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How do the tautochrone and brachistochrone curve differ? They're both cycloids or rather parts of cycloids. So does that mean that the brachistochrone = tautochrone curve?

I saw on Wikipedia that "the brachistochrone can use up to a complete rotation of the cycloid (at the limit when A and B are at the same level), but always starts at a cusp. In contrast, the tautochrone problem can only use up to the first half rotation, and always ends at the horizontal". Does that mean that you can take any part of a cycloid (eg. maybe the first quarter of a cycloid) and it'll still be a brachistochrone curve? Or do you have to use the whole cycloid for it to be a brachistochrone curve? And for the tautochrone curve, do you have to use the whole first half of the cycloid for it to be a tautochrone curve?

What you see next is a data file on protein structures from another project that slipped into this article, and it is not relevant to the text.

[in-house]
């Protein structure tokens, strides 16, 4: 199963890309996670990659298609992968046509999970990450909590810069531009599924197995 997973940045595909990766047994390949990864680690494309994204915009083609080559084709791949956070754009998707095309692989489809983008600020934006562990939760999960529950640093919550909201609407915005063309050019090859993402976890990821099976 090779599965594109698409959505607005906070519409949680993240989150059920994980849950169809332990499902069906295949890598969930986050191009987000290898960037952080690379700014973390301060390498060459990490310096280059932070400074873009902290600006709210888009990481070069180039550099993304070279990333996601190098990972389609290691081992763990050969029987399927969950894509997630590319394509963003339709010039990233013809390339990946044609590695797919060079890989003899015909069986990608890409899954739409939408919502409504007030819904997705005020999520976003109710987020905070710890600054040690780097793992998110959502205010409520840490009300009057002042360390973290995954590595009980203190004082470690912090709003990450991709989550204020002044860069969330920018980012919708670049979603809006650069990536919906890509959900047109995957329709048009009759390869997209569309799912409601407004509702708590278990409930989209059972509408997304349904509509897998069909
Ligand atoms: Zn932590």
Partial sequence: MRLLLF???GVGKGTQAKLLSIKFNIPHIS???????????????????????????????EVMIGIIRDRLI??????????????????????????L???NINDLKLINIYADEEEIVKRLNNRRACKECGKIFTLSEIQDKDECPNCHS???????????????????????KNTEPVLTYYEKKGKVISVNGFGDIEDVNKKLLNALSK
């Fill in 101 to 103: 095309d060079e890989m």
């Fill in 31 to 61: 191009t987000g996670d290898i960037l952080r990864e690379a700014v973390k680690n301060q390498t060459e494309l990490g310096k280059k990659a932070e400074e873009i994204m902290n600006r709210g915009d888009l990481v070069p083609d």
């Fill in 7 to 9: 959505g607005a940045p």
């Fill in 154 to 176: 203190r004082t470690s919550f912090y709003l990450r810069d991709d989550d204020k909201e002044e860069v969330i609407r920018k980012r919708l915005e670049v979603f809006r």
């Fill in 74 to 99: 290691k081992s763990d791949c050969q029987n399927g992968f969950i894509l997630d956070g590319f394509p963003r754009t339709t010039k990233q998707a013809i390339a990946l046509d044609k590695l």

Also, just another side question: is the brachistochrone curve still the fastest when friction is included?

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